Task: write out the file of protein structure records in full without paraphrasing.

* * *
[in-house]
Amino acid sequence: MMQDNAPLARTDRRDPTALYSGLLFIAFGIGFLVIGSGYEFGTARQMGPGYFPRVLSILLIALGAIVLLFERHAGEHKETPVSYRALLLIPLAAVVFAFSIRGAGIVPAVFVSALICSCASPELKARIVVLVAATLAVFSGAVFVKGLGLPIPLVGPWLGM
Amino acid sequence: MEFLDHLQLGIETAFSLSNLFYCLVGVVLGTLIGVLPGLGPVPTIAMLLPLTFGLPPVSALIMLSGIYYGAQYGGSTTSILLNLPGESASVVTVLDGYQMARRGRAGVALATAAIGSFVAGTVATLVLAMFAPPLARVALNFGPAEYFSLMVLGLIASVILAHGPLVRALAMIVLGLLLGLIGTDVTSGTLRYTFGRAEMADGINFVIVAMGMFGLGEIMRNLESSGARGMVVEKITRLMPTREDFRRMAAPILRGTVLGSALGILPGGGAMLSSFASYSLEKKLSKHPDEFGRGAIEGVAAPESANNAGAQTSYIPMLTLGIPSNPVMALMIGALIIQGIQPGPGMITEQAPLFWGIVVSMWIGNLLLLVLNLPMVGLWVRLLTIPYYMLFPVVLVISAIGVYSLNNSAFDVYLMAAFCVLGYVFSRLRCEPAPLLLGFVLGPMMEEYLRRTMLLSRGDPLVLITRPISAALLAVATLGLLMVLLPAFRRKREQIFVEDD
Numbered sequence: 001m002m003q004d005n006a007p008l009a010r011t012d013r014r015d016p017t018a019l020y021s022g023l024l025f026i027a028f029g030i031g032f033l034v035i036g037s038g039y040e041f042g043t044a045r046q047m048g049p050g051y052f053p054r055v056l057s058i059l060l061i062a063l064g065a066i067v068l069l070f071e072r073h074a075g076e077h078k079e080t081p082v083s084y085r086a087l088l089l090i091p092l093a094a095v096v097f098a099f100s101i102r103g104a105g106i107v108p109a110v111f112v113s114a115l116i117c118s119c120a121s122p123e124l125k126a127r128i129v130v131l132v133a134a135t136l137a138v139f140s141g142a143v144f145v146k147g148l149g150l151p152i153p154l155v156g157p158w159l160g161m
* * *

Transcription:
[in-house]
Amino acid sequence: MMQDNAPLARTDRRDPTALYSGLLFIAFGIGFLVIGSGYEFGTARQMGPGYFPRVLSILLIALGAIVLLFERHAGEHKETPVSYRALLLIPLAAVVFAFSIRGAGIVPAVFVSALICSCASPELKARIVVLVAATLAVFSGAVFVKGLGLPIPLVGPWLGM
Amino acid sequence: MEFLDHLQLGIETAFSLSNLFYCLVGVVLGTLIGVLPGLGPVPTIAMLLPLTFGLPPVSALIMLSGIYYGAQYGGSTTSILLNLPGESASVVTVLDGYQMARRGRAGVALATAAIGSFVAGTVATLVLAMFAPPLARVALNFGPAEYFSLMVLGLIASVILAHGPLVRALAMIVLGLLLGLIGTDVTSGTLRYTFGRAEMADGINFVIVAMGMFGLGEIMRNLESSGARGMVVEKITRLMPTREDFRRMAAPILRGTVLGSALGILPGGGAMLSSFASYSLEKKLSKHPDEFGRGAIEGVAAPESANNAGAQTSYIPMLTLGIPSNPVMALMIGALIIQGIQPGPGMITEQAPLFWGIVVSMWIGNLLLLVLNLPMVGLWVRLLTIPYYMLFPVVLVISAIGVYSLNNSAFDVYLMAAFCVLGYVFSRLRCEPAPLLLGFVLGPMMEEYLRRTMLLSRGDPLVLITRPISAALLAVATLGLLMVLLPAFRRKREQIFVEDD
Numbered sequence: 001m002m003q004d005n006a007p008l009a010r011t012d013r014r015d016p017t018a019l020y021s022g023l024l025f026i027a028f029g030i031g032f033l034v035i036g037s038g039y040e041f042g043t044a045r046q047m048g049p050g051y052f053p054r055v056l057s058i059l060l061i062a063l064g065a066i067v068l069l070f071e072r073h074a075g076e077h078k079e080t081p082v083s084y085r086a087l088l089l090i091p092l093a094a095v096v097f098a099f100s101i102r103g104a105g106i107v108p109a110v111f112v113s114a115l116i117c118s119c120a121s122p123e124l125k126a127r128i129v130v131l132v133a134a135t136l137a138v139f140s141g142a143v144f145v146k147g148l149g150l151p152i153p154l155v156g157p158w159l160g161m